Mississippi 2004 Tort Reform Legislation
Summary of Mississippi 2004 Legislation
On June 16, 2004, Mississippi Governor Barbour signed into law HB 13, the 2004 Tort Reform Act. This legislation significantly changes the legal rules governing civil litigation in the state, and addresses what reform advocates maintain to be contributing factors to Mississippi’s notoriously large jury awards. The legislation, an addendum to the 2002 tort reform bill, is considered to be the most comprehensive tort reform package Mississippi has seen to date. The bill affects civil actions filed on or after September 1, 2004.
The 2004 Tort Reform package introduces innovative measures to curb mass tort suits, frivolous lawsuits and excessive jury awards. The bill amends existing sections and adds new sections to the Mississippi Code of 1972. Among the more progressive elements of the bill are those regarding venue selection, caps on awarding noneconomic damages and punitive damages, joint liability, additional liability protection to “Innocent Sellers”, product liability, premise liability, and allocation of fault. The bill also addresses waiver of medical privileges, patient rights, jury service and speedy bench trials
Section 1 of HB 13 amends Section 11-11-3, MS Code of 1972, by imposing stricter limits for establishing venue. Mississippi’s contested option to establish venue in a civil action against a nonresident defendant at the discretion of the plaintiff, notwithstanding location of plaintiff’s residence or domicile, or cause of action, has been a point of controversy. Advocates for stricter limits point to the ability of plaintiffs to establish venue in any county as a legal strategy known as forum shopping. This section of the bill also attempts to reduce mass tort by requiring multiple plaintiffs to establish venues independently.
The act specifically addresses healthcare-related civil actions, stating, “any action against a licensed physician, osteopath, dentist, nurse, nurse-practioner, physician assistant, psychologist, pharmacist, podiatrist, optometrist, chiropractor, institution for the aged or infirm, hospital or licensed pharmacy … for malpractice, negligence, error, omission, mistake, breech of standard of care or the unauthorized rendering of professional services shall be brought only in the county in which the alleged act or omission occurred.” Additionally, cases against a manufacturer are limited to the county where the principal place of business of the manufacturer is located, where a substantial act, omission or event that caused the injury occurred, or the plaintiff obtained the product. The act does not disallow for transfer of cases to more convenient venues provided set factors are considered, nor does the act abolish the plaintiff’s right to pursue cases transferred to another state.
Caps on Noneconomic Damages
Section 2 of HB 13 amends Section 11-1-60, Mississippi Code of 1972, by introducing a cap on noneconomic damages in plaintiff awards. The act reinstates the existing $500,000 cap in medical liability cases and introduces a $1 million limit in all other civil cases.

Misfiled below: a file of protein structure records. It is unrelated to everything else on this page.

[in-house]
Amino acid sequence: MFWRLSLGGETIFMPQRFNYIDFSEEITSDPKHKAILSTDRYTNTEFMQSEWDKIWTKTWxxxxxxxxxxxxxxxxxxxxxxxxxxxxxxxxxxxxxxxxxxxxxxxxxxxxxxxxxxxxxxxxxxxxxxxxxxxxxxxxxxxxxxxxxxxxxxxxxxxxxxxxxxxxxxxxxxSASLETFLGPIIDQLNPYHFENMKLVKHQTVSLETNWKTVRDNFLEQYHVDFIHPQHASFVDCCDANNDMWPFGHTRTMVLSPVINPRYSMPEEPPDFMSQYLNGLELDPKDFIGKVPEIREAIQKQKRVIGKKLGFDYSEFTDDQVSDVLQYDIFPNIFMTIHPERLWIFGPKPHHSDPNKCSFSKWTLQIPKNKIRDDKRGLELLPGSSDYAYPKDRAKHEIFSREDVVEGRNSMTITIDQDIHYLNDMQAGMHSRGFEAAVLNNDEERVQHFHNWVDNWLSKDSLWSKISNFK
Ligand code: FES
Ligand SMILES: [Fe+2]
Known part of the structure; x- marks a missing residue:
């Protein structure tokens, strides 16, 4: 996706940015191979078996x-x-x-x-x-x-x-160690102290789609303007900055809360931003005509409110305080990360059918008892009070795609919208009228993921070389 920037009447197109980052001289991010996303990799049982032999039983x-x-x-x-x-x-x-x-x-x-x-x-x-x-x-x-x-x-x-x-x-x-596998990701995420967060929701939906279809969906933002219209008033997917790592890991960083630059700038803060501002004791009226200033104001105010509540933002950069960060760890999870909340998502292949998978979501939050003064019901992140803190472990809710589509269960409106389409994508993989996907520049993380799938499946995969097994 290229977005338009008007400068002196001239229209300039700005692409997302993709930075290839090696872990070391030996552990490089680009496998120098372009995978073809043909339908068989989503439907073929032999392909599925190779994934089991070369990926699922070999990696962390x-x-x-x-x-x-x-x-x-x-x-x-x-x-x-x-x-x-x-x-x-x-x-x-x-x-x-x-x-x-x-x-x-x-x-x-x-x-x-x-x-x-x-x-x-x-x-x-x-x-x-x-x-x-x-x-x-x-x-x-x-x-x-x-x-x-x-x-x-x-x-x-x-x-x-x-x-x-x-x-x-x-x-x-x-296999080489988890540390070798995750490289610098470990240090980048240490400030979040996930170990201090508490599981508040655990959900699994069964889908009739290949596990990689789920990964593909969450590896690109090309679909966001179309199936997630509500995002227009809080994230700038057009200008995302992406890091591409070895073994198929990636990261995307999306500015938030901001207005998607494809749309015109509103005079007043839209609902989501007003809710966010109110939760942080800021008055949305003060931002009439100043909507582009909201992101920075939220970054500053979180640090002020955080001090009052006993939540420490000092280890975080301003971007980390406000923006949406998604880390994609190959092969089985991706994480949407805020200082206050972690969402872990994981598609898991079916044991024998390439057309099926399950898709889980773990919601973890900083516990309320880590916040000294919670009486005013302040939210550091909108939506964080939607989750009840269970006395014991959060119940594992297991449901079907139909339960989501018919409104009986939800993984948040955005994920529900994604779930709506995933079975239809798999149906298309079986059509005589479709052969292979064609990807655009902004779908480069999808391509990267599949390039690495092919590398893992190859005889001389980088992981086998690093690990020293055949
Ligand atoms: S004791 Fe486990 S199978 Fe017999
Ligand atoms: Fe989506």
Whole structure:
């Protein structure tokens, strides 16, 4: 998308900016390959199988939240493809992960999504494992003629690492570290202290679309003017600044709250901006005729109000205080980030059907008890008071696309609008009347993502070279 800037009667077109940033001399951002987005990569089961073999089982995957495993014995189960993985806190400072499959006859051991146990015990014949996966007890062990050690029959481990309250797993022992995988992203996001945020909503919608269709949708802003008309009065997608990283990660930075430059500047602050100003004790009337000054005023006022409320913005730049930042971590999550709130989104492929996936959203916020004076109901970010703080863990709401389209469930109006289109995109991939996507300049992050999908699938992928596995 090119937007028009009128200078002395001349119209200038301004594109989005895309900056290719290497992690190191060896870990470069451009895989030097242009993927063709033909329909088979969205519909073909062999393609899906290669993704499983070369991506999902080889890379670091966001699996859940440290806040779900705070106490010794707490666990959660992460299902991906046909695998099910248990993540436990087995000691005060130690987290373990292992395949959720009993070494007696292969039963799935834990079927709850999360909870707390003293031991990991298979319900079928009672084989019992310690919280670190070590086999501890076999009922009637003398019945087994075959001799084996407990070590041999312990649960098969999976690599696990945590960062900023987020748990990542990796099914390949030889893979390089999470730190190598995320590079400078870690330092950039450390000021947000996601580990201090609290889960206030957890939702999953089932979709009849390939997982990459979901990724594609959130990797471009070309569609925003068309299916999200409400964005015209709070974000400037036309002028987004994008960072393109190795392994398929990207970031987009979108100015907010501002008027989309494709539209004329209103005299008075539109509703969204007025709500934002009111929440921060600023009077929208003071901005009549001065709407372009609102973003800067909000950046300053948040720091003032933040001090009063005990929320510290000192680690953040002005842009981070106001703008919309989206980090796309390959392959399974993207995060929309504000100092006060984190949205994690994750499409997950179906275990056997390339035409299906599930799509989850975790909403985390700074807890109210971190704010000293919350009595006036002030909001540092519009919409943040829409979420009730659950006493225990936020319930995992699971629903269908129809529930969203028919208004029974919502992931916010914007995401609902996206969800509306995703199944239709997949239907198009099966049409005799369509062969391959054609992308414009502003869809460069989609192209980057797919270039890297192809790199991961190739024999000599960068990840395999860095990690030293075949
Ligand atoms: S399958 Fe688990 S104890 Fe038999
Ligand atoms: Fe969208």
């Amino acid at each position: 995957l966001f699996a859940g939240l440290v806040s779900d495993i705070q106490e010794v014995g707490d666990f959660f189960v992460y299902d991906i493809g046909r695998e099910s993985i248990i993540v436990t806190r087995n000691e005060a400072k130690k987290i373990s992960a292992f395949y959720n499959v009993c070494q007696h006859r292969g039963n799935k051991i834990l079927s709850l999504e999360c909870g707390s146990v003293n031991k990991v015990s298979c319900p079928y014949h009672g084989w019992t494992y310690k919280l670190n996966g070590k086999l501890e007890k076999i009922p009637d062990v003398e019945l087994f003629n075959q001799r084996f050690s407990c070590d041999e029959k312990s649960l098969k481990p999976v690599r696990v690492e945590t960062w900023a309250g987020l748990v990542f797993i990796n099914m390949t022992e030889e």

The amendment also creates a system based on pure allocation of fault for civil cases, rather than dividing the cost of noneconomic damages through a system of joint and several liability. Section 6 of HB 13 addresses this issue by amending Section 85-5-7, Mississippi Code of 1972. “Fault allocated under this subsection to an immune tort-feasor or a tort-feasor whose liability is limited by law shall not be reallocated to any other tort-feasors.” This amendment is intended to curb mass tort liability, wherein another defendant is not responsible for damages beyond their fraction of fault.
Section 3 of HB 13 amends Section 11-1-63 by adding additional liability protection to “Innocent Sellers” of product(s) in suit. While the amendment fails to provide definition for the term “constructive knowledge,” the act does attempt to protect sellers from liability. HB 13 specifically states, “It is the intent of this section [3-h] to immunize innocent sellers who are not negligent, but instead are mere conduits of a product.” Additionally, the section of 11-1-64 that states, “the procedure for dismissing a defendant whose liability is based solely on his status as a seller …” is repealed.
Section 4 amends 11-1-65 by further reducing caps on punitive damages for defendants with a net worth of $500 million or less. These limits, which are based on the net worth of defendants, must be based on punitive damages alone, not the defendant’s ability to pay. The act is intended to reduce frivolous or excessive law suits.
Section 5 of HB 13 amends Section 11-1-66, adding that no owner, occupant, lessee or managing agent of property is liable for the death or injury of an independent contractor or their employees “resulting from dangers which the contractor knew or reasonably should have known.”.
Jury Service, Speedy Bench Trial, Med Disciplinary ProceedingsOther Amendments
Other noteworthy changes to the law include stricter instruction pertaining to jury service on the part of the juror and the state, as well as a “speedy trial” alternative to bench trials, which will receive priority on the trial court’s docket. Further, the Amendment introduces a requirement of notice to patients, and their subsequent right to participate in disciplinary hearings that their physicians are the subject of (Miss. Code Ann. Section 73-25-27).